We do not necessarily need an adrenal test panel to demonstrate that women in their 40s are stressed (though some patients like to see the data to prove that how they are feeling is real). But removing the stressors is not always an option. Our most effective approach is to provide tools to help modulate the stress response and shore up patients’ resilience so they can navigate this time in their lives without becoming completely depleted. Counseling around healthy boundaries, meditation, exercise, and diet are always helpful. If a woman has a history of trauma, this might be a time in her life when she is ready to do some deeper healing work with a therapist or somatic healer. Our adaptogen herbs, such as Withania (ashwagandha), Eleutherococcus root, Ocimum (holy basil) and Rhodiola8 can create a supportive infrastructure underneath the reproductive hormone fluctuations.
In my experience, perimenopause is the time for progesterone. The proper use of bioidentical progesterone can be incredibly effective in mitigating many troublesome symptoms during this time. Used as a transdermal cream or in the oral micronized form, progesterone decreases vasomotor symptoms, improves sleep, breast tenderness, irritability and heavy menses. Oral micronized progesterone (OMP) can increase bone formation and has cardiovascular benefits. OMP does not increase breast proliferation or cancer risk5; in fact, it can help to mitigate the effects of excess estrogens on the breasts and uterus.9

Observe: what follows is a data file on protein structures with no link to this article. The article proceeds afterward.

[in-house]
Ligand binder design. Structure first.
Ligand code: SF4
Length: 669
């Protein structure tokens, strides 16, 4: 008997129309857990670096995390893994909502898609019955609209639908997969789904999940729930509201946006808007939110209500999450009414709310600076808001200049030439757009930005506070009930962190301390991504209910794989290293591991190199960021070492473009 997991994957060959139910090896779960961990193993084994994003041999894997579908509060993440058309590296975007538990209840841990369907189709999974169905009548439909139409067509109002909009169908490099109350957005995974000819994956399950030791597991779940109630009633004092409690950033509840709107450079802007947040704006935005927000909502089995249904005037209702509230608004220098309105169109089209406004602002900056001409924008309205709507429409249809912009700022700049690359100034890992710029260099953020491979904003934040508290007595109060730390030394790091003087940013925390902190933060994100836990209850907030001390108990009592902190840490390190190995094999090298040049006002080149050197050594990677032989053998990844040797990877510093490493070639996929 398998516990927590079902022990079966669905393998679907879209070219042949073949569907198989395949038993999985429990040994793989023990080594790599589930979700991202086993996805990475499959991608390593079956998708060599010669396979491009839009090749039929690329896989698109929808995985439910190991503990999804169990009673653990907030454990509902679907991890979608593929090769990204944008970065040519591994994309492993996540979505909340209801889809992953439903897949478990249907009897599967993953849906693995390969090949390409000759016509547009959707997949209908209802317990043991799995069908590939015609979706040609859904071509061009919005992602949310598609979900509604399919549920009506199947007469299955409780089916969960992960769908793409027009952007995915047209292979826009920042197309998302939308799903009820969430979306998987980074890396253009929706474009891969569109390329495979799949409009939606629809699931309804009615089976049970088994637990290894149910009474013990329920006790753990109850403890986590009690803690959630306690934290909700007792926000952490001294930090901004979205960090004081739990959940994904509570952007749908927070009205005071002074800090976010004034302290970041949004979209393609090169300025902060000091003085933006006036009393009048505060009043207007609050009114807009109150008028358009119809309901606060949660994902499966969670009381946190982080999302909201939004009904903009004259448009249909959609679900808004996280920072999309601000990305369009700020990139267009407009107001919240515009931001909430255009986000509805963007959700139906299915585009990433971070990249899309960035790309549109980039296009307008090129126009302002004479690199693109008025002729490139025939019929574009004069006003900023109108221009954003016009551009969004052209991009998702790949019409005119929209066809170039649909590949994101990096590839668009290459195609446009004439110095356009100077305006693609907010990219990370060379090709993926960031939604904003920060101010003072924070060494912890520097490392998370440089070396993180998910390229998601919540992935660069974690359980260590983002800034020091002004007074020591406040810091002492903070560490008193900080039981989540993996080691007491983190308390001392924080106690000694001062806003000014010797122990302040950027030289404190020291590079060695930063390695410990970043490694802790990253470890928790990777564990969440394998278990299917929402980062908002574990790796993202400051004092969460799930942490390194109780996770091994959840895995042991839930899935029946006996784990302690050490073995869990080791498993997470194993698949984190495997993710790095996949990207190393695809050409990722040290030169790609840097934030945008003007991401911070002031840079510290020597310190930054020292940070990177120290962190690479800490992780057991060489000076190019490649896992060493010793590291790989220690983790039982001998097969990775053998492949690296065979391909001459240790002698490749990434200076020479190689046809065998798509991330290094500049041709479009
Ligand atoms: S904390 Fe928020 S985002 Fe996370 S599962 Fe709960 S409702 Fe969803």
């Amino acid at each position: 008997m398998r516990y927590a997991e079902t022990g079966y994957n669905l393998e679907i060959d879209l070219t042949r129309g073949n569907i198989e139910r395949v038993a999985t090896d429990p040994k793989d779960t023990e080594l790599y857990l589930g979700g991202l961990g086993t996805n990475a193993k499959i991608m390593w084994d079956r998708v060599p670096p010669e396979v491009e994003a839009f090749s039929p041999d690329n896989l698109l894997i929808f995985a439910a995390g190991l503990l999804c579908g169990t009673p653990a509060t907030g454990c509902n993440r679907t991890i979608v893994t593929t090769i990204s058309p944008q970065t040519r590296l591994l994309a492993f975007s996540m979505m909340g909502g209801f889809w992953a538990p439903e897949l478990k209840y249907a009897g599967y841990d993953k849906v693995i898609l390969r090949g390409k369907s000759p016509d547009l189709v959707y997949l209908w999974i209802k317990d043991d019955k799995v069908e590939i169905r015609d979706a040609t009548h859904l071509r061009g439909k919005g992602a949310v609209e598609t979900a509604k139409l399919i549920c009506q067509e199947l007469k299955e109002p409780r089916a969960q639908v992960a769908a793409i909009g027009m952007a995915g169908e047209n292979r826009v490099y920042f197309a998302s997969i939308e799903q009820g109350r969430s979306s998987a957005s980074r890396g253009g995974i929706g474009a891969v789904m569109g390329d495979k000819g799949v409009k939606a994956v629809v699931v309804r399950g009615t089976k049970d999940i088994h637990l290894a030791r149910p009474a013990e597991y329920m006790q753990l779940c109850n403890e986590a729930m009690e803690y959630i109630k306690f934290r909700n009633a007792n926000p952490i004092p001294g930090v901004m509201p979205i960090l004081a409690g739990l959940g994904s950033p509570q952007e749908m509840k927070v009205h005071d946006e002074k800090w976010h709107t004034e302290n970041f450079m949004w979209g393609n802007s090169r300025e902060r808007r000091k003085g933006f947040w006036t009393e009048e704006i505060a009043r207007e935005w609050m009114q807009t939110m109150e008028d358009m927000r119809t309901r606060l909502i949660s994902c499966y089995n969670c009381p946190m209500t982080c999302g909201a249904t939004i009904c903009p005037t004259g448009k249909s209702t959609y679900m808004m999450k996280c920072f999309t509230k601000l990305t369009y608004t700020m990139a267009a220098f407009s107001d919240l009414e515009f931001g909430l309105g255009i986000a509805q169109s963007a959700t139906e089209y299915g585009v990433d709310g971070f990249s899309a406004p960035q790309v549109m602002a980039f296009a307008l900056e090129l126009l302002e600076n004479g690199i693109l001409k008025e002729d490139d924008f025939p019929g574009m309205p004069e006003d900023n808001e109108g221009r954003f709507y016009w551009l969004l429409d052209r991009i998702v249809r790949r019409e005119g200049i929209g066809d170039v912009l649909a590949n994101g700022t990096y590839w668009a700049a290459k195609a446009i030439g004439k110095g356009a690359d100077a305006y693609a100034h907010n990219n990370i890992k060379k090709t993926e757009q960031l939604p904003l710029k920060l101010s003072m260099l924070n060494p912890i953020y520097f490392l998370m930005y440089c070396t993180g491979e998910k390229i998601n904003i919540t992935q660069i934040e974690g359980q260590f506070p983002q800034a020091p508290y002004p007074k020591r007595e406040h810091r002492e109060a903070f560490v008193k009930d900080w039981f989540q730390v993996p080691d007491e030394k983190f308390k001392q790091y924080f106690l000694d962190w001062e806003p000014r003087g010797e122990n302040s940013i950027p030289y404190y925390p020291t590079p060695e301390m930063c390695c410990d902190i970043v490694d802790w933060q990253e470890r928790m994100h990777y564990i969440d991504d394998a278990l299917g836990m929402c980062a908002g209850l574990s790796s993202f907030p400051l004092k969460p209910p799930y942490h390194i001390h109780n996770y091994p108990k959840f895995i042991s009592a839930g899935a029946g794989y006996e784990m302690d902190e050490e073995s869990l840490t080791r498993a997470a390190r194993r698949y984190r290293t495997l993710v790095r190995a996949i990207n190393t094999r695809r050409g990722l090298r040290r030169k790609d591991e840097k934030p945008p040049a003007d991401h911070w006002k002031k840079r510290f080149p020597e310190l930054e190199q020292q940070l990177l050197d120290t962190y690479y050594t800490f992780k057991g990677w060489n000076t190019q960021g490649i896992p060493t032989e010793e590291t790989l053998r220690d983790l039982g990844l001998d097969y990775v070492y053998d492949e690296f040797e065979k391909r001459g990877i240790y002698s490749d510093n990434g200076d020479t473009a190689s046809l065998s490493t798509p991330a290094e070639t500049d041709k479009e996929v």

One inaccurate assumption about perimenopause is that the estrogen levels are dropping or deficient. Accordingly, I often see estrogen therapy prescribed while a woman is still having fairly regular menses. This can contribute to (or exacerbate) an estrogen dominance and elevated cortisol.4
Testosterone can also be a player in perimenopause treatment. Physiological levels of testosterone are important for maintaining the strength of muscles, bones, and connective tissues.10 Testosterone also plays a key role in the brain to increase neurotransmitters, such as dopamine, which are crucial for mood elevation and sex drive. These findings support the protective role of bioavailable testosterone in counteracting the proliferative effects of estrogens on mammary tissue.11
Herbal medicine has a long-standing record of success for supporting women through hormonal changes. Herbs such as Actaea racemosa (black cohosh), Trifolium (red clover), Dioscorea (wild yam), Panax ginseng, and many more can provide effective, non-hormonal, symptomatic support during perimenopause. Many of the women who come to my office have already tried some western or Chinese herbal protocols, often finding some relief but not enough to mitigate their symptoms entirely. Bioidentical hormone therapy (bHRT) is a specialty of my practice, so many women choose to see me because they are interested in this option. When it is appropriate, bHRT can be a game changer.